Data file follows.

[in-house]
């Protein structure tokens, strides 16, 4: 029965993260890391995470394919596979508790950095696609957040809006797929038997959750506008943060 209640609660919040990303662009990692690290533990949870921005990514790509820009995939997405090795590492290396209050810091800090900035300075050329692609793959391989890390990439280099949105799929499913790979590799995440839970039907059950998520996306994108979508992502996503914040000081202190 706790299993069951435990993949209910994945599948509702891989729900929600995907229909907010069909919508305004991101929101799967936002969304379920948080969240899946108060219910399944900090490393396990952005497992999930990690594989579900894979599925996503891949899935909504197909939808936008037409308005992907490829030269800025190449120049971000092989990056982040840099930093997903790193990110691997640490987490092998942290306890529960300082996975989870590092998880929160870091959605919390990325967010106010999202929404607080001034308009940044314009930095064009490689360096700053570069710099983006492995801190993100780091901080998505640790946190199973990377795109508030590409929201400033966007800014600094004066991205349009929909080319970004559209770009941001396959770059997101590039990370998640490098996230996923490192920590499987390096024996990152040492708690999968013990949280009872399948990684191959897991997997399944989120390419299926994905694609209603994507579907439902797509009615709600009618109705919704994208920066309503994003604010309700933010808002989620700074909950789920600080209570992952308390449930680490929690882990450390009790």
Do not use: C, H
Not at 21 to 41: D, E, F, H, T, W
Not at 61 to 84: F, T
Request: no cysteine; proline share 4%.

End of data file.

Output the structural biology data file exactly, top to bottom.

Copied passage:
[in-house]
């Protein structure tokens, strides 16, 4: 029965993260890391995470394919596979508790950095696609957040809006797929038997959750506008943060 209640609660919040990303662009990692690290533990949870921005990514790509820009995939997405090795590492290396209050810091800090900035300075050329692609793959391989890390990439280099949105799929499913790979590799995440839970039907059950998520996306994108979508992502996503914040000081202190 706790299993069951435990993949209910994945599948509702891989729900929600995907229909907010069909919508305004991101929101799967936002969304379920948080969240899946108060219910399944900090490393396990952005497992999930990690594989579900894979599925996503891949899935909504197909939808936008037409308005992907490829030269800025190449120049971000092989990056982040840099930093997903790193990110691997640490987490092998942290306890529960300082996975989870590092998880929160870091959605919390990325967010106010999202929404607080001034308009940044314009930095064009490689360096700053570069710099983006492995801190993100780091901080998505640790946190199973990377795109508030590409929201400033966007800014600094004066991205349009929909080319970004559209770009941001396959770059997101590039990370998640490098996230996923490192920590499987390096024996990152040492708690999968013990949280009872399948990684191959897991997997399944989120390419299926994905694609209603994507579907439902797509009615709600009618109705919704994208920066309503994003604010309700933010808002989620700074909950789920600080209570992952308390449930680490929690882990450390009790």
Do not use: C, H
Not at 21 to 41: D, E, F, H, T, W
Not at 61 to 84: F, T
Request: no cysteine; proline share 4%.